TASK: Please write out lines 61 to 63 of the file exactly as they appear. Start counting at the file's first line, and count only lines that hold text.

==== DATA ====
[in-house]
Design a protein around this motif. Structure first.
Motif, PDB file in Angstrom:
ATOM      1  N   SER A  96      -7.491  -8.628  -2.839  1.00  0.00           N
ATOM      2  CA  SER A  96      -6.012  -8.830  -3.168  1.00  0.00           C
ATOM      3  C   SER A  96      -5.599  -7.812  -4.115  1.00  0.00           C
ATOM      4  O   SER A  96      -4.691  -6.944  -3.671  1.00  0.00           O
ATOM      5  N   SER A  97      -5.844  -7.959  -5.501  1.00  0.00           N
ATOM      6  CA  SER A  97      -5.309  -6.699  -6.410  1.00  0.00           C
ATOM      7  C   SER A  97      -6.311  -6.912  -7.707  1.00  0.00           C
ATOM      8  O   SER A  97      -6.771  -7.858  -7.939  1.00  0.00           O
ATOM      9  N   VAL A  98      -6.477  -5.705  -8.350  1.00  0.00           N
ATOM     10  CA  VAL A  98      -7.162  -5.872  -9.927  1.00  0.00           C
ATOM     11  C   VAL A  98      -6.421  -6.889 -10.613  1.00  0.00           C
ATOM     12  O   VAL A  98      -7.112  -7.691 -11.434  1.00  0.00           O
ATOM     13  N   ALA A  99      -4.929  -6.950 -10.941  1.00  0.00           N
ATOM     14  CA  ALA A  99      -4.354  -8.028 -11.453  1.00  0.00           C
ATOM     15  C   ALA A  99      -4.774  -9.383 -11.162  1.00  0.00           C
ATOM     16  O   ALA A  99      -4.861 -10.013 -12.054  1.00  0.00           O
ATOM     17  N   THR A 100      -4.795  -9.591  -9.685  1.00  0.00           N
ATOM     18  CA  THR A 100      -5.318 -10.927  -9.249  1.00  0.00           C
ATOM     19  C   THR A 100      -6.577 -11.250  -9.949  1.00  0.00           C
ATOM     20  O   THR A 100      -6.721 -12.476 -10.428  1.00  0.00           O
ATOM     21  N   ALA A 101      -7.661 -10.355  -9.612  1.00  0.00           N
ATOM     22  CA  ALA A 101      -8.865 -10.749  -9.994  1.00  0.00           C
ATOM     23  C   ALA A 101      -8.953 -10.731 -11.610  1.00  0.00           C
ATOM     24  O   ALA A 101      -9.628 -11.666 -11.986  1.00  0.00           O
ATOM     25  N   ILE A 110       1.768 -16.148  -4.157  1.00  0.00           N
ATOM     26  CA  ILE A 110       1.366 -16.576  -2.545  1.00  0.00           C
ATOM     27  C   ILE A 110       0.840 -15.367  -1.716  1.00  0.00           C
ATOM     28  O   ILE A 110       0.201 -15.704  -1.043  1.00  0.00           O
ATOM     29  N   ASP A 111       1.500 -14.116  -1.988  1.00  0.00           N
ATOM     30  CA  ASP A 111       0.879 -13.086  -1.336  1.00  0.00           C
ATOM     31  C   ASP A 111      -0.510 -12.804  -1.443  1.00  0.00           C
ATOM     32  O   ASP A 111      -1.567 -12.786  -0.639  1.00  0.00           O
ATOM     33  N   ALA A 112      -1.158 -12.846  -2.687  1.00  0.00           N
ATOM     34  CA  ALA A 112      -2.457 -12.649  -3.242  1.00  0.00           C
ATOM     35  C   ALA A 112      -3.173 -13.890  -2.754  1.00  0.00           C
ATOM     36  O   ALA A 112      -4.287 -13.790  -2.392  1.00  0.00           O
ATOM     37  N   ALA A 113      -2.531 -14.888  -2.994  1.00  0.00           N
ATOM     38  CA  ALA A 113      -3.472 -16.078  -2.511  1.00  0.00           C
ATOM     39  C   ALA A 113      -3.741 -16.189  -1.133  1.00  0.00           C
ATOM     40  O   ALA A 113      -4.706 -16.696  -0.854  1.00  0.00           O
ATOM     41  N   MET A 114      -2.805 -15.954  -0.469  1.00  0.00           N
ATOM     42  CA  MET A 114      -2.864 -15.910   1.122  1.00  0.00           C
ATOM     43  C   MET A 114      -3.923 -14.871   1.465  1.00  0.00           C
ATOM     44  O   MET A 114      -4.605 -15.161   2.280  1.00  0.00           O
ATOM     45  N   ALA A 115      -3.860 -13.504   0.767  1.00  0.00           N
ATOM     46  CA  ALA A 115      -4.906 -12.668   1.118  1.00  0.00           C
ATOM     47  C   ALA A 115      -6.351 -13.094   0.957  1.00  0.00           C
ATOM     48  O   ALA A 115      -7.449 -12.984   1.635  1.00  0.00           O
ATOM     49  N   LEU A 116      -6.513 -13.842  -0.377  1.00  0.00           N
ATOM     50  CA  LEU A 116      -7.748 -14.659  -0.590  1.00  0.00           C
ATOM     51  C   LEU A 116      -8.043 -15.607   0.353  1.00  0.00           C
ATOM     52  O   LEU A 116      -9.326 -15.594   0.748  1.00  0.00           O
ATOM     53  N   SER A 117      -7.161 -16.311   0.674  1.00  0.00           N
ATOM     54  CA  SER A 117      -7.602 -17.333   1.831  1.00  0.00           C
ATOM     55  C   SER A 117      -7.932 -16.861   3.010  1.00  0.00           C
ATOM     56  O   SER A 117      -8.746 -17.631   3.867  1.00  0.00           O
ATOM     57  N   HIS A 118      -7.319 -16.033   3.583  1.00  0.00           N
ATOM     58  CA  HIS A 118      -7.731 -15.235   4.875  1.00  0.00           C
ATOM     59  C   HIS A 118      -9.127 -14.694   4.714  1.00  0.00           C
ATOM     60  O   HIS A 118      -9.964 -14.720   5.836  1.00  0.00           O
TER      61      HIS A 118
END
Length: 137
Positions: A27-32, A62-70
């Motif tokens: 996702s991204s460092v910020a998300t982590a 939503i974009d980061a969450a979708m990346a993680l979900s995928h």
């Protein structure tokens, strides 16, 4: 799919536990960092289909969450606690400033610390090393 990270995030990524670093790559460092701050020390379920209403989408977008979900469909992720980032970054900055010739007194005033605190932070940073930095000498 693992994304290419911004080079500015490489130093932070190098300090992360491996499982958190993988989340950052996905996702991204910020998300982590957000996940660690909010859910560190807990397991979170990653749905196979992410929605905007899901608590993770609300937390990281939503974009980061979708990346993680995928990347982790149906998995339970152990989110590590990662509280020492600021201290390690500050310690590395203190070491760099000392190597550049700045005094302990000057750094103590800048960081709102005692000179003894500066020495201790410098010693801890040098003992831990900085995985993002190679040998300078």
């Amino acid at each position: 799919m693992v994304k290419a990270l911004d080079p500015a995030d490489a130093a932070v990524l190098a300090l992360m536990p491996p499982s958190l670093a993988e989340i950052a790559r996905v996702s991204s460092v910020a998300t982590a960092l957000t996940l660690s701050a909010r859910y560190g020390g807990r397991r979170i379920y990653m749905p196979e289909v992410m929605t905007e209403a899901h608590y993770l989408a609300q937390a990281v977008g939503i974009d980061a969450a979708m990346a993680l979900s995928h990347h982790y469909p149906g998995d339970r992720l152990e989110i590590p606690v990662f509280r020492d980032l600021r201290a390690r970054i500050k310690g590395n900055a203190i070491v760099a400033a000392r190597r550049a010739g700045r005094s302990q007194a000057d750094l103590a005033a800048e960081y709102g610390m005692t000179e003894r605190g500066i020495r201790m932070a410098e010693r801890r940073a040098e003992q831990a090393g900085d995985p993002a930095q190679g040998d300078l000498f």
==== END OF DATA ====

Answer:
ATOM     58  CA  HIS A 118      -7.731 -15.235   4.875  1.00  0.00           C
ATOM     59  C   HIS A 118      -9.127 -14.694   4.714  1.00  0.00           C
ATOM     60  O   HIS A 118      -9.964 -14.720   5.836  1.00  0.00           O